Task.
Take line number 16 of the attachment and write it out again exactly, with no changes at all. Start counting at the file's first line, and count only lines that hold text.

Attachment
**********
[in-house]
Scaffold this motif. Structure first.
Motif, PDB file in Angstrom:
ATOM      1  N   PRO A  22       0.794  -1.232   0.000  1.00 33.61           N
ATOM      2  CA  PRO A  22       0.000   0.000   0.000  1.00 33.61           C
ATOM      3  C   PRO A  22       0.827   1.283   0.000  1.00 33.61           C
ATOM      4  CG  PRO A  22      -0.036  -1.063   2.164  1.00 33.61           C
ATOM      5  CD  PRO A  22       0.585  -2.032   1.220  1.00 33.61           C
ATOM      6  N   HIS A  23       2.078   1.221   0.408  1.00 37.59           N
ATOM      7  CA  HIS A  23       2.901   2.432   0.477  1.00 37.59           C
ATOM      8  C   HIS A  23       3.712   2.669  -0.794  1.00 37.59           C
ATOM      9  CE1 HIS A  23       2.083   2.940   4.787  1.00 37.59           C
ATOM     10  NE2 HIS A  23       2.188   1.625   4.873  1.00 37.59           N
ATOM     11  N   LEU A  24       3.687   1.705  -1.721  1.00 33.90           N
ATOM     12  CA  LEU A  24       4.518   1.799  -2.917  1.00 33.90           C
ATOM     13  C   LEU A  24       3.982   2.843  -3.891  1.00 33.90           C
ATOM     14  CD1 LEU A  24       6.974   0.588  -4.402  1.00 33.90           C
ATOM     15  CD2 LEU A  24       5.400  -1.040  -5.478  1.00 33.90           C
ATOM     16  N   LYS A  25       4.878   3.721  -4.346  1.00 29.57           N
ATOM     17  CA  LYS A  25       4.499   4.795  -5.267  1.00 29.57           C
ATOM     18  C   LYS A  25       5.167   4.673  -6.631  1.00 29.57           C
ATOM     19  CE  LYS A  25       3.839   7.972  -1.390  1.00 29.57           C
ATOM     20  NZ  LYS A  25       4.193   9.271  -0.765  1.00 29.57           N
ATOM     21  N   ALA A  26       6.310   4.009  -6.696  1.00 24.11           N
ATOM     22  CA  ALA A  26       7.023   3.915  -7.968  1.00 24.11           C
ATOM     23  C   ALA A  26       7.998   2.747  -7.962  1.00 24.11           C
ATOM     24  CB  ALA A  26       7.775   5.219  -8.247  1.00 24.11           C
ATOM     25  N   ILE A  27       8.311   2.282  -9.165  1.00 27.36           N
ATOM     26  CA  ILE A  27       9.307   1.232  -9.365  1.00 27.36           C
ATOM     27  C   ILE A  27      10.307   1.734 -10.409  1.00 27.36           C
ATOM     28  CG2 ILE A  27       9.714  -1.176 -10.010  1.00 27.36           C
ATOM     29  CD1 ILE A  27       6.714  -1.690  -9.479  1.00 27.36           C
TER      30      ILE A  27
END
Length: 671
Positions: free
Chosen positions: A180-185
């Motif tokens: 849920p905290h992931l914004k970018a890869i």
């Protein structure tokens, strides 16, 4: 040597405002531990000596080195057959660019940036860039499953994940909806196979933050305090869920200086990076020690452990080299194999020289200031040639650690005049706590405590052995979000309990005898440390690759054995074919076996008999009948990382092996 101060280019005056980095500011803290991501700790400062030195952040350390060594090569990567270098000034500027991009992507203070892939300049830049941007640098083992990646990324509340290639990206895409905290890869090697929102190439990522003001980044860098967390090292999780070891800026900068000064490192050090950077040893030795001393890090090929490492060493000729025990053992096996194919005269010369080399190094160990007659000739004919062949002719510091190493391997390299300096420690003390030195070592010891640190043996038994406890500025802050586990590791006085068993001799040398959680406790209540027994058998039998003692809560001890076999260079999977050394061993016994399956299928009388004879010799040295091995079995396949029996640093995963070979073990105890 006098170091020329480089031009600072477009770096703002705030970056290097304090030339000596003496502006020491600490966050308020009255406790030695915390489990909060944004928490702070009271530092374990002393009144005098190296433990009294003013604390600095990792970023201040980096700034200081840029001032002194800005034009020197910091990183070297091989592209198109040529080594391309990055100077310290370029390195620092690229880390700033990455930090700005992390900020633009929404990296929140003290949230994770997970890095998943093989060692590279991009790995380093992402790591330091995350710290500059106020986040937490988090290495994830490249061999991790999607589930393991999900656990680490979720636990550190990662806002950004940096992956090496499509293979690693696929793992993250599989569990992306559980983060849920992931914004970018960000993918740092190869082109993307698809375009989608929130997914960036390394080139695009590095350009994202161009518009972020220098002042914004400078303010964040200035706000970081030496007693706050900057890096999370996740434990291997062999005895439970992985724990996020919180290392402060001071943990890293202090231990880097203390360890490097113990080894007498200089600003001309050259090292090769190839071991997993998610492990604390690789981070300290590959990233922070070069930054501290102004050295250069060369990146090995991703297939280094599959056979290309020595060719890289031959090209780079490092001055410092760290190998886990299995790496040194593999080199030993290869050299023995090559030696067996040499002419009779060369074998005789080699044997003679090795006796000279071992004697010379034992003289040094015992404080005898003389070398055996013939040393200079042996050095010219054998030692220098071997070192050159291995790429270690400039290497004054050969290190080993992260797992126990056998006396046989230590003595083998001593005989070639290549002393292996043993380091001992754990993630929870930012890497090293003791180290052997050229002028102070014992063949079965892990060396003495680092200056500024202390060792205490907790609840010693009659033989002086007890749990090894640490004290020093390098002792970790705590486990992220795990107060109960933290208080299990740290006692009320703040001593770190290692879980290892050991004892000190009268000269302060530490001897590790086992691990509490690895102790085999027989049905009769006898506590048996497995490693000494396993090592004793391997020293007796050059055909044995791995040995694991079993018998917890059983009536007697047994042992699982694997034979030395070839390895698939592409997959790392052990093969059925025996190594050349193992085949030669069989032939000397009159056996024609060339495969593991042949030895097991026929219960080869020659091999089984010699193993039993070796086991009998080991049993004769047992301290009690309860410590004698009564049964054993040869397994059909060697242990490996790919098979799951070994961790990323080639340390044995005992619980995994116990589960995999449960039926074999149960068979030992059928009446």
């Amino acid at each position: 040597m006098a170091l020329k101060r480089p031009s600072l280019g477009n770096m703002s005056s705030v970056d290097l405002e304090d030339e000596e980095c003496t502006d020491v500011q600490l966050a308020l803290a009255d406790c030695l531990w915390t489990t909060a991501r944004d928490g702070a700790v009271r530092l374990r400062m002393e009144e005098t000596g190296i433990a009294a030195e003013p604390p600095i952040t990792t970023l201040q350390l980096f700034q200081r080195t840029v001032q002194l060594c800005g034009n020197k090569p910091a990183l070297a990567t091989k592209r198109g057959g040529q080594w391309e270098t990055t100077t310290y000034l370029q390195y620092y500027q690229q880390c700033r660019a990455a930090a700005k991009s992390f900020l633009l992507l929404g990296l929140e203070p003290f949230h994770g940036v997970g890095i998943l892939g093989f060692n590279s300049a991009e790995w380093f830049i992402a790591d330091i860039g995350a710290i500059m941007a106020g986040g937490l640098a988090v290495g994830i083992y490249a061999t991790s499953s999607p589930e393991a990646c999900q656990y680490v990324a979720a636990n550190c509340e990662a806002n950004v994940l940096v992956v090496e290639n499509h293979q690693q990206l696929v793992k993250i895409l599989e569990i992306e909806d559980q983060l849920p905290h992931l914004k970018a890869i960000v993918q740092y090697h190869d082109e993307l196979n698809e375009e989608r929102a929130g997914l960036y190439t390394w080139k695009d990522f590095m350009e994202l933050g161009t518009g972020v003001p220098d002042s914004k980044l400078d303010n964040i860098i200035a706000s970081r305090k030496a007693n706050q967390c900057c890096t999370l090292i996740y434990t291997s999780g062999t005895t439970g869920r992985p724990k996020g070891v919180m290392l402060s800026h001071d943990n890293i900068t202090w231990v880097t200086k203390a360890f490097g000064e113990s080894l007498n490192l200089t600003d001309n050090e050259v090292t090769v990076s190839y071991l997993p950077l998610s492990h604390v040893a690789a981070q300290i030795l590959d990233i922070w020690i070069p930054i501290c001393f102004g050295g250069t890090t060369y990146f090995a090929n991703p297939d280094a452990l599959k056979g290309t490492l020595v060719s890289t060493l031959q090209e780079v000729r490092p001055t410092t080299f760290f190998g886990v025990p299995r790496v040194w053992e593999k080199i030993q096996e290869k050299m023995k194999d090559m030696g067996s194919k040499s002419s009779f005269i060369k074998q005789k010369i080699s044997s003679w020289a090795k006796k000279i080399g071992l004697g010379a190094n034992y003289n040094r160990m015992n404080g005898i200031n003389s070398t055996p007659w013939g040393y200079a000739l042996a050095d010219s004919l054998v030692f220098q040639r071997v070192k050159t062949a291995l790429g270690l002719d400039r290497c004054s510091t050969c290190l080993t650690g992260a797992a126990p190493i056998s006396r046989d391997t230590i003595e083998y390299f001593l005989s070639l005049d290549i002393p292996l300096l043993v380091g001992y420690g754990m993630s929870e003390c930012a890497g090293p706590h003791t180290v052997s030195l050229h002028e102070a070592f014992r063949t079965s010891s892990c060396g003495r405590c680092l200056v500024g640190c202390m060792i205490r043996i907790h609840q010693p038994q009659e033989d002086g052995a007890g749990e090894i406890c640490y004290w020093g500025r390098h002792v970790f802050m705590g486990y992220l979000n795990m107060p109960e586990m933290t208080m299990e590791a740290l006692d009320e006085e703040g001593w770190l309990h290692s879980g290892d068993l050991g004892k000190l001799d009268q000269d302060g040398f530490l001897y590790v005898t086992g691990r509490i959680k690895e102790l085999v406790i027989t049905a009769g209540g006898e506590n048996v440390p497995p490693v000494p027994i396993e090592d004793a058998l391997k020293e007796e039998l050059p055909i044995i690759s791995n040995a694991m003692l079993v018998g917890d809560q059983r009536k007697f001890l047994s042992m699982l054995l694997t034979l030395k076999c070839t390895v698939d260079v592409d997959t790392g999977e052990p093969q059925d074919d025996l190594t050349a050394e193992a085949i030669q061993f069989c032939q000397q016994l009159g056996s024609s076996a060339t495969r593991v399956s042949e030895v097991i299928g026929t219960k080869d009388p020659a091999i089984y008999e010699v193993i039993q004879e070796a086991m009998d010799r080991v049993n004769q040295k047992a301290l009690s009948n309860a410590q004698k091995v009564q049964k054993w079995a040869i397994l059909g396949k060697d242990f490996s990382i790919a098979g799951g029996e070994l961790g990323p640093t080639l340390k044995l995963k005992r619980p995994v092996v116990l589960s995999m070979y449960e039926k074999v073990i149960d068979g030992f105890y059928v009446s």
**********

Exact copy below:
ATOM     13  C   LEU A  24       3.982   2.843  -3.891  1.00 33.90           C